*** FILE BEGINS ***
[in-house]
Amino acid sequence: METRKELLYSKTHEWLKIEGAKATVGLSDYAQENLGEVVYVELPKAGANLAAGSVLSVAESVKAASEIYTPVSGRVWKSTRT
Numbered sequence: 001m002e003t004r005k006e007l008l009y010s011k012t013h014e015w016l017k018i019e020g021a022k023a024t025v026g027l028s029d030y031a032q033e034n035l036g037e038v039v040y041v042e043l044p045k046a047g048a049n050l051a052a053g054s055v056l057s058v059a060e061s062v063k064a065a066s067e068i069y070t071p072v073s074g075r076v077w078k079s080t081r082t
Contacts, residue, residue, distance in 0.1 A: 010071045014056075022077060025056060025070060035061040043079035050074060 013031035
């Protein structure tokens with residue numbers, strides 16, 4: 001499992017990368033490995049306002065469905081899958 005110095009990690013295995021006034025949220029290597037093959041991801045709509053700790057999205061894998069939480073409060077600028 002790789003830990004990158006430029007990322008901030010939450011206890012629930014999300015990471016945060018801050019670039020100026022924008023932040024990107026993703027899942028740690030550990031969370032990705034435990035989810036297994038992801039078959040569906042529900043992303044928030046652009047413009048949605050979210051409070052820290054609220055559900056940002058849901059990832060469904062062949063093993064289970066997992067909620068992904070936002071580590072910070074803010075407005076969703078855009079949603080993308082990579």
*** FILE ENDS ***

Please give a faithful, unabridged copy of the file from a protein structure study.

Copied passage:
[in-house]
Amino acid sequence: METRKELLYSKTHEWLKIEGAKATVGLSDYAQENLGEVVYVELPKAGANLAAGSVLSVAESVKAASEIYTPVSGRVWKSTRT
Numbered sequence: 001m002e003t004r005k006e007l008l009y010s011k012t013h014e015w016l017k018i019e020g021a022k023a024t025v026g027l028s029d030y031a032q033e034n035l036g037e038v039v040y041v042e043l044p045k046a047g048a049n050l051a052a053g054s055v056l057s058v059a060e061s062v063k064a065a066s067e068i069y070t071p072v073s074g075r076v077w078k079s080t081r082t
Contacts, residue, residue, distance in 0.1 A: 010071045014056075022077060025056060025070060035061040043079035050074060 013031035
């Protein structure tokens with residue numbers, strides 16, 4: 001499992017990368033490995049306002065469905081899958 005110095009990690013295995021006034025949220029290597037093959041991801045709509053700790057999205061894998069939480073409060077600028 002790789003830990004990158006430029007990322008901030010939450011206890012629930014999300015990471016945060018801050019670039020100026022924008023932040024990107026993703027899942028740690030550990031969370032990705034435990035989810036297994038992801039078959040569906042529900043992303044928030046652009047413009048949605050979210051409070052820290054609220055559900056940002058849901059990832060469904062062949063093993064289970066997992067909620068992904070936002071580590072910070074803010075407005076969703078855009079949603080993308082990579």